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Beating the evolution gotcha

Nothing in Scott Walker’s abortive run for the presidency was as good as his leaving the race with a request that other stalled GOP candidates do the same. He just wasn’t quick enough for the major leagues. Here’s an example: Back on Charles Darwin’s birthday in February, a London reporter asked Walker if he believed in evolution. The Wisconsin governor responded, “I’m going to punt on that one. …” The non-response didn’t save him. New York Times columnist Gail Collins and others labeled him “anti-science,” as if he said Jesus (an imaginary friend, of course) had a pet dinosaur.

Jesus had a better way to respond to gotcha questions. Chapter 20 of Luke records how chief priests asked by what authority He taught, and Jesus answered by asking whether the baptism of John was from heaven or from man. That put them in a political hot spot, so they punted. Jesus then answered, “Neither will I tell you by what authority I do these things.”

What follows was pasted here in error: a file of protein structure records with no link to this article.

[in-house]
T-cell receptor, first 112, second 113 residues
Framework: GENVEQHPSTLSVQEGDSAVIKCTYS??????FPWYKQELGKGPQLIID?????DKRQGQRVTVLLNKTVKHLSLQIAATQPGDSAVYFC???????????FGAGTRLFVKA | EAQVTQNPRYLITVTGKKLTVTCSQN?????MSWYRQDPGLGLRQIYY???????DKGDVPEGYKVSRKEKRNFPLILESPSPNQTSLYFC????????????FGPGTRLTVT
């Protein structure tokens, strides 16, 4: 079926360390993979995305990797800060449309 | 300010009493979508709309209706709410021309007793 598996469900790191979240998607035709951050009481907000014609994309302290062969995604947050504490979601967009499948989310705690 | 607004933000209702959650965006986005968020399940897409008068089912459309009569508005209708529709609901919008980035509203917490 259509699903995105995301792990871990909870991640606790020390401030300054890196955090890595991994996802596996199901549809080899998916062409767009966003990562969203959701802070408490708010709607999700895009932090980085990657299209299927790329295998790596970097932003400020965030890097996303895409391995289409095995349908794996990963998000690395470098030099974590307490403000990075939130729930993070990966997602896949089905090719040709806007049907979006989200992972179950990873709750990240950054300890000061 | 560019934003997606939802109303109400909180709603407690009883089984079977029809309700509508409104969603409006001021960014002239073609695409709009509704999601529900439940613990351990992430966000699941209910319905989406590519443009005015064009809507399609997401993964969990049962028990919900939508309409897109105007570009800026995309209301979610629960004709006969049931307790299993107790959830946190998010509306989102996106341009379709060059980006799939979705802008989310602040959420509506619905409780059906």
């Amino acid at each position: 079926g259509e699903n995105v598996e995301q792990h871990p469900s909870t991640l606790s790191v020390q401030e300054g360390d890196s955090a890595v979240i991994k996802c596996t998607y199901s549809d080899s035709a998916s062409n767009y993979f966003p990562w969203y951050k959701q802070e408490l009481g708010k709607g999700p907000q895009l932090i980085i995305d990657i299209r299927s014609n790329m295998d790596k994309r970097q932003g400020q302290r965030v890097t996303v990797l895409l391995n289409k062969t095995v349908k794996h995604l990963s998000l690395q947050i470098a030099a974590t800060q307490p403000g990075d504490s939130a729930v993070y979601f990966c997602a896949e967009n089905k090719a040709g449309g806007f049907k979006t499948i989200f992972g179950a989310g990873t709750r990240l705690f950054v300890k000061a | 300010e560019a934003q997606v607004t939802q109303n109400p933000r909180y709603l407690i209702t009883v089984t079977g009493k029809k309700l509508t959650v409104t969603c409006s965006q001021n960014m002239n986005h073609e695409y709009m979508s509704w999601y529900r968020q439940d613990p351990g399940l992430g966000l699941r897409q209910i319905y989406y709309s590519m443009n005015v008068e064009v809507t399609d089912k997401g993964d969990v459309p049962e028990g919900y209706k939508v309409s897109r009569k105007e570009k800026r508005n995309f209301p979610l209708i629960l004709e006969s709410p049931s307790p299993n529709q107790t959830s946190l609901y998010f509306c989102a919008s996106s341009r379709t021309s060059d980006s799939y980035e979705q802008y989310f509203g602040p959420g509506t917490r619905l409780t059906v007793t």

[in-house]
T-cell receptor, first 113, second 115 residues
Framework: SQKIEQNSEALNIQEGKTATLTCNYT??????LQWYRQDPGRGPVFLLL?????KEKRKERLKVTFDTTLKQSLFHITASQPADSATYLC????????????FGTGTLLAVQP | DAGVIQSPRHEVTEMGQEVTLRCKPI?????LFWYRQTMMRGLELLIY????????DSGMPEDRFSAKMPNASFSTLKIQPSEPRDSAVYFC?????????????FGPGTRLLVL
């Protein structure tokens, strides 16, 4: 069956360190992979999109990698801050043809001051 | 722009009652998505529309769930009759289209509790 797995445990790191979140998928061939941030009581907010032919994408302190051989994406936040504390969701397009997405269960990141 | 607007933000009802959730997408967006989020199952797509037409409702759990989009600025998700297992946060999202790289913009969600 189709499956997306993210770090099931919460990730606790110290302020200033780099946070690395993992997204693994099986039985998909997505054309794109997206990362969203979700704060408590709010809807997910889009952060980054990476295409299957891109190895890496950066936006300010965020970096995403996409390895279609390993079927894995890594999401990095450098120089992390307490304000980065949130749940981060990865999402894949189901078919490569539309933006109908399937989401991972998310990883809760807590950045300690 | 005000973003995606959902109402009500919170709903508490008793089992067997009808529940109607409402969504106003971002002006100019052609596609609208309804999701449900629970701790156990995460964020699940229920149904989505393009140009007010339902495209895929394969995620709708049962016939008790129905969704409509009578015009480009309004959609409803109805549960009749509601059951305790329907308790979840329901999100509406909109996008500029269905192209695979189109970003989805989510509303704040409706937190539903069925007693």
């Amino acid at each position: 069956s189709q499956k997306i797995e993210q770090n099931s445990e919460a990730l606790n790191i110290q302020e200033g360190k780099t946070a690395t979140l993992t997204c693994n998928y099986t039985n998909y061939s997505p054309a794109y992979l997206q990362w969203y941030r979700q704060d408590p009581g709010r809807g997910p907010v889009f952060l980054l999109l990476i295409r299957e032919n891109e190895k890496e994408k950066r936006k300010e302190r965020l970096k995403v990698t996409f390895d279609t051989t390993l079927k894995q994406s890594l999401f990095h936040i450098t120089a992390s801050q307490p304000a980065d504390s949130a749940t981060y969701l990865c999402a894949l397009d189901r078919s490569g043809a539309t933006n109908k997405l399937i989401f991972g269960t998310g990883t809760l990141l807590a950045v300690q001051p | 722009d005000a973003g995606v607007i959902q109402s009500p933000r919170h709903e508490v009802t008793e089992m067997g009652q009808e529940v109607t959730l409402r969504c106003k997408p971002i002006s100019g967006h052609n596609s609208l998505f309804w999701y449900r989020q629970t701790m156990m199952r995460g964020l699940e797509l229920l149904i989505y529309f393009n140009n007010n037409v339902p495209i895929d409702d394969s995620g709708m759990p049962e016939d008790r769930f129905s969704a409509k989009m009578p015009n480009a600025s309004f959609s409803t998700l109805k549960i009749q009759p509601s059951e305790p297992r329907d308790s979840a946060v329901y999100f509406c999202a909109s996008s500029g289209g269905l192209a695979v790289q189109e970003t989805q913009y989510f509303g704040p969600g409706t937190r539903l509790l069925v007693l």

Reporters will persist in asking GOP candidates about evolution, and it would be better for them to answer with a question: “What do you mean by that?” Reporters are likely to stammer and say, “Bird beaks elongate,” or, “Moths change color,” and the candidate can say, “Of course I believe in microevolution.” Macroevolution, one kind of creature bringing forth another, remains an unproven theory.

Or candidates can follow Jesus by countering with a question that leaves liberals with unattractive options. One possibility: “Is a 20-week-old unborn child a human being?” A “yes” angers the abortion lobby, a “no” is unscientific. Another question, suggested by David Harsanyi at The Federalist: “Do you ever question settled science?” A “yes” answer opens the door to considering criticism of Darwinism acceptable. A “no” is wrong by the skeptical canons of science itself.

But it may be hard to avoid the rude response: “Do you believe that ugly critters emerged from muck and after millions of years evolved into London reporters?”

Marvin Olasky

Marvin is the former editor in chief of WORLD, having retired in January 2022, and former dean of World Journalism Institute. He joined WORLD in 1992 and has been a university professor and provost. He has written more than 20 books, including Reforming Journalism.



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